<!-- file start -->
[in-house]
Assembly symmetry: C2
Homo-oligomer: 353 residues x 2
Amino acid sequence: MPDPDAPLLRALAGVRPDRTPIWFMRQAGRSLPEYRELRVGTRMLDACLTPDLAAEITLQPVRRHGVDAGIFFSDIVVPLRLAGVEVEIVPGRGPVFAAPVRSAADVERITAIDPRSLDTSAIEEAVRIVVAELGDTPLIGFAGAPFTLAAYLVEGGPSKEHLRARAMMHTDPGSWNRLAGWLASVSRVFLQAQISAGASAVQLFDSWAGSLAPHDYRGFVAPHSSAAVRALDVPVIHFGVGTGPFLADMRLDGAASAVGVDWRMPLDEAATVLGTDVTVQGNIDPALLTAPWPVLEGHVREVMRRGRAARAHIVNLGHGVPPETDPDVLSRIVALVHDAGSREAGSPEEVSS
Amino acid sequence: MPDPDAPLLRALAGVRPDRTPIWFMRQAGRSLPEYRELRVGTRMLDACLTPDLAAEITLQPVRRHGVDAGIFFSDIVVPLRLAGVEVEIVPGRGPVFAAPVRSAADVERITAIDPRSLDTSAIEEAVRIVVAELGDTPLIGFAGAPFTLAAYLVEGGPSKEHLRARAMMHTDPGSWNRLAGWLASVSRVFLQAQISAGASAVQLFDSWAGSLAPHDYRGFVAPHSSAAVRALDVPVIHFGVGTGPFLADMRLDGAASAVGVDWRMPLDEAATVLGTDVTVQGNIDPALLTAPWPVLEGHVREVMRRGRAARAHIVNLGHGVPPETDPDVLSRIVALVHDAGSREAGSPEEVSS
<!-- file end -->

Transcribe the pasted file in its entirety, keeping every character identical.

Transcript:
[in-house]
Assembly symmetry: C2
Homo-oligomer: 353 residues x 2
Amino acid sequence: MPDPDAPLLRALAGVRPDRTPIWFMRQAGRSLPEYRELRVGTRMLDACLTPDLAAEITLQPVRRHGVDAGIFFSDIVVPLRLAGVEVEIVPGRGPVFAAPVRSAADVERITAIDPRSLDTSAIEEAVRIVVAELGDTPLIGFAGAPFTLAAYLVEGGPSKEHLRARAMMHTDPGSWNRLAGWLASVSRVFLQAQISAGASAVQLFDSWAGSLAPHDYRGFVAPHSSAAVRALDVPVIHFGVGTGPFLADMRLDGAASAVGVDWRMPLDEAATVLGTDVTVQGNIDPALLTAPWPVLEGHVREVMRRGRAARAHIVNLGHGVPPETDPDVLSRIVALVHDAGSREAGSPEEVSS
Amino acid sequence: MPDPDAPLLRALAGVRPDRTPIWFMRQAGRSLPEYRELRVGTRMLDACLTPDLAAEITLQPVRRHGVDAGIFFSDIVVPLRLAGVEVEIVPGRGPVFAAPVRSAADVERITAIDPRSLDTSAIEEAVRIVVAELGDTPLIGFAGAPFTLAAYLVEGGPSKEHLRARAMMHTDPGSWNRLAGWLASVSRVFLQAQISAGASAVQLFDSWAGSLAPHDYRGFVAPHSSAAVRALDVPVIHFGVGTGPFLADMRLDGAASAVGVDWRMPLDEAATVLGTDVTVQGNIDPALLTAPWPVLEGHVREVMRRGRAARAHIVNLGHGVPPETDPDVLSRIVALVHDAGSREAGSPEEVSS